It seems to me that what God is saying to Israel here is that sometimes it is best to take drastic action in your life.  I once encountered a situation like this in my own life. It was the summer after my freshman year of college, and I was going through what I call my adult conversion, where for the first time, I was totally surrendering my life to God, to follow his ways.  I looked at the many verses in the New Testament like Philippians 4:8 where one of the earliest followers of Jesus, a guy named Paul, says, “whatever is true, noble, right, pure, lovely, admirable, excellent or praiseworthy—think about such things,” and I wanted to follow that.

One area where I was allowing impurity into my life, and my thoughts, on a regular basis, was the music I listened to.  So some church friends and I got together, and a bunch of us agreed that this was a concern.  We went through our music collections, grabbed anything that we felt we needed to get rid of, and we threw it into a 50 gallon drum, poured gas on it, and lit it on fire.

I will tell you that Michelle and I have, in the years since, bought some of that music back, thinking, “Why did I get rid of that one, there was nothing wrong with that????”  So maybe I was overzealous.  I will admit it.

But at the time it was absolutely the right thing to do.  I would do it again, and I would recommend others of you to do the same.  Who wants to have a bonfire?  Get rid of the porn, get rid of stuff that tempts you, get rid of stuff that is holding you back.  Sometimes you need to take drastic action to break the power of the stuff that has a hold of you.

Also what we see in Deuteronomy 12 is the concept of being set apart.  God wanted Israel to live a different way, which was a far better way, than the way of the pagan nations around them.  If the people of Israel, who had a slave mentality, were to be set apart to follow this new way of God, the major first step was that they needed to remove the pagan false gods.  Look at verse 3, at how specific God is, when he says that he wants the names of those other false gods to be wiped out. That’s not just removing an idol, that is removing the memory of that false god.  Verses 1-3, therefore, show us clearly that Israel was to be set apart, different, following Yahweh, the one true God.

He adds to this in verses 4-6 saying that they must not worship in their way, they must worship in God’s way, and they must worship in God’s place.

Notice that he never names the place.  That should jump at out you, because there was a place. The tabernacle. They had been using it for a long time by this point.  Because he doesn’t mention the tabernacle, because he uses the generic word “place,” that means he wants them to have a different focus.  The tabernacle, or the temple that would follow, or the city of Jerusalem where it would be located, those are place names.  God, because he doesn’t use a place name, intends the focus not to be on the place, but for the focus of their worship to be where?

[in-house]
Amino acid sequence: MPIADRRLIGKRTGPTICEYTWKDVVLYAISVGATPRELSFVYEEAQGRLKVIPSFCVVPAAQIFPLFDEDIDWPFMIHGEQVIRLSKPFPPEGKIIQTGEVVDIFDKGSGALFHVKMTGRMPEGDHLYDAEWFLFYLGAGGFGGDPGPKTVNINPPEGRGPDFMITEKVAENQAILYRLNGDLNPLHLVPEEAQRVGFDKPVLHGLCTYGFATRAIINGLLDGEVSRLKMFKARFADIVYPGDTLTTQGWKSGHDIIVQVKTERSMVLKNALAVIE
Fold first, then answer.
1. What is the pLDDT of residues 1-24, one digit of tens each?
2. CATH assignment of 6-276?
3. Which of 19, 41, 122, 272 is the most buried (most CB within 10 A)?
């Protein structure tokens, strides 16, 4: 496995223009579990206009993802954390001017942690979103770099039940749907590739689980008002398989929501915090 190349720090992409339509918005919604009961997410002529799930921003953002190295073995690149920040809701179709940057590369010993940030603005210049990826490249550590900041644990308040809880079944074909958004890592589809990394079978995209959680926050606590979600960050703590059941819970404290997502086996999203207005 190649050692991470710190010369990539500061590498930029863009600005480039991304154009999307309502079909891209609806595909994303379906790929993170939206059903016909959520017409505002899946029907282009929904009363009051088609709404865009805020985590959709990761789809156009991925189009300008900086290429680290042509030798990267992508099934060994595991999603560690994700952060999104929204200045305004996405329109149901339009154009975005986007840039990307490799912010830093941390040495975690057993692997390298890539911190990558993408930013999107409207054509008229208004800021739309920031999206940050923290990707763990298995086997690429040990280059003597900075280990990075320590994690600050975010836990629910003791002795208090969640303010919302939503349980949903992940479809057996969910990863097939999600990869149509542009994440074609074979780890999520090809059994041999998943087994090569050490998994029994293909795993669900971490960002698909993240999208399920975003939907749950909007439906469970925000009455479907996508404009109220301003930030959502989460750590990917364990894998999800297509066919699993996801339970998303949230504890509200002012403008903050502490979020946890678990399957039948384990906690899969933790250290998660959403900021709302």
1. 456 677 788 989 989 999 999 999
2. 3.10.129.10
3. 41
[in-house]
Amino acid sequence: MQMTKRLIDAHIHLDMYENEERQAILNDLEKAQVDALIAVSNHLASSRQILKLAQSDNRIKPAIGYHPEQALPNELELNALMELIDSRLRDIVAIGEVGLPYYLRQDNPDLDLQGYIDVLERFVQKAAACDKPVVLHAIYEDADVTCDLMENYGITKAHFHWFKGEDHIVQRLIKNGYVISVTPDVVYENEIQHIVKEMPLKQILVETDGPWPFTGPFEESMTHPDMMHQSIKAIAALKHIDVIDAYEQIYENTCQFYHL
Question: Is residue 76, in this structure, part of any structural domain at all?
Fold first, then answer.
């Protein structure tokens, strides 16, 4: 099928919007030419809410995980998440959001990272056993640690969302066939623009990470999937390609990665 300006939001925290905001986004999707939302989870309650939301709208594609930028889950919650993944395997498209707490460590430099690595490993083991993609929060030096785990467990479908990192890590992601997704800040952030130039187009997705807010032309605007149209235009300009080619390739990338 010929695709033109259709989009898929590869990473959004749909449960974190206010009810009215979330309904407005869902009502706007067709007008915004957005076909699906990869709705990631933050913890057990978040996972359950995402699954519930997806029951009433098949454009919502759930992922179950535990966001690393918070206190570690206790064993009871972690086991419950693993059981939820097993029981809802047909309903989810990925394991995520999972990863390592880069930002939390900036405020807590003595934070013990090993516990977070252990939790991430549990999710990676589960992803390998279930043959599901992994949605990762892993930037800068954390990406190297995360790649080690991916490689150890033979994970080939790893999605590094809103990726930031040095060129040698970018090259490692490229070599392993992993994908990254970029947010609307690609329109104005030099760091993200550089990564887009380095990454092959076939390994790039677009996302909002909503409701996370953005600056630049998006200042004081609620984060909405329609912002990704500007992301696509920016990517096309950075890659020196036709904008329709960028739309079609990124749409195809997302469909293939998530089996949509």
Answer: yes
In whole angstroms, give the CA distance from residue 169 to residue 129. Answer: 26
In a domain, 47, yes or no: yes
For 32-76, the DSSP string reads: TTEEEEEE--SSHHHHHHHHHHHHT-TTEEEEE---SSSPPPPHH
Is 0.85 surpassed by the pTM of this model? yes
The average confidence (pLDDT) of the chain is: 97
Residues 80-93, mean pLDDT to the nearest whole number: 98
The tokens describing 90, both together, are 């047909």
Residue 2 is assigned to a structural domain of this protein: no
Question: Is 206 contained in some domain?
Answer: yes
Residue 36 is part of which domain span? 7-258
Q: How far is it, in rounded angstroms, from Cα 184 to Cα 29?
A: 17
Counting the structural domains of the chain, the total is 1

On him!  God wants their focus to be where it should be, on him.  He knows how easily people become enthralled with buildings and cities and places, and how our hearts and minds can get caught up in the wrong things. He knows how especially starry-eyed we become with the work of our own hands.  You know the emotional boost you get when you make, create or fix something?  It is a human tendency, and the feeling would only be more intense for Israel, considering their journey from slavery to independence.  God is quite aware that Israel, when entering the Promised Land, will be very tempted by their victory, their success, and be lured away from him.

Because of that temptation, he wants them to be very aware that the place of worship is not so important, as is the fact that he will be there.  His name will be there.  This is why he tells them to wipe out the places of worship and even the names of the false gods, and focus solely on God and his name.

God continues in this vein in verse 7. Worship in the presence of the Lord.  Be there, eat there, rejoice there.  Why? Because God has blessed them.  Which is a tie-in back to chapter 11 which we studied last week. Remember that? Obedience brings blessing.

Verses 8-14 describe that the people of God are not to do as they see fit, they are not to worship how they want.  Instead they must worship God’s way.  Again, God must be the focus of their worship.

We can learn from this too.  We need to focus on worshiping God, and in his way.  The conclusion is that worship does shape us.  In a very real, physical and emotional way, we are what we worship. God is saying to Israel, if you do you take drastic action to clear away false worship from your land, you could easily be tempted to indulge in what is false, and that will destroy you.  Place your focus, therefore, on God.  Worship him.  God isn’t saying that we will become gods.  But the more we focus our lives on him, the more we worship him, the more like he we are inclined to be.  He does want to shape us to be conformed to the image of Jesus.  So I urge you to consider what it might look like for you worship Jesus more? 

The hope of the world….fertilizer!

2 Mar

I once listened to a very thought-provoking audio book called An Edible History of the World by Tom Standage.   I learned a lot about seeds, food development, and especially fertilizer.  Standage does an excellent job digging through the history and progress of fertilizer.  Many of you have gardens and you know what a wonderful difference fertilization makes to your flowers and vegetables.  Here in Lancaster County fertilizer is an aroma we know quite well.  The other day, I thought for sure someone had done something very awful in our bathroom, or perhaps worse that a sewage pipe was backed up.  I should have known better.  The farmers around us were applying winter fertilizer to their fields.

Standage convincingly shows that without fertilizer, we would not be able to feed the world.  Fertilizer is, in a very real sense, the hope of the world.

Jesus knew about fertilizer and he discusses it in a parable.  In preparation for tomorrow’s sermon, read Luke 13:1-9.  Perhaps you need a little hope, a little fertilizer!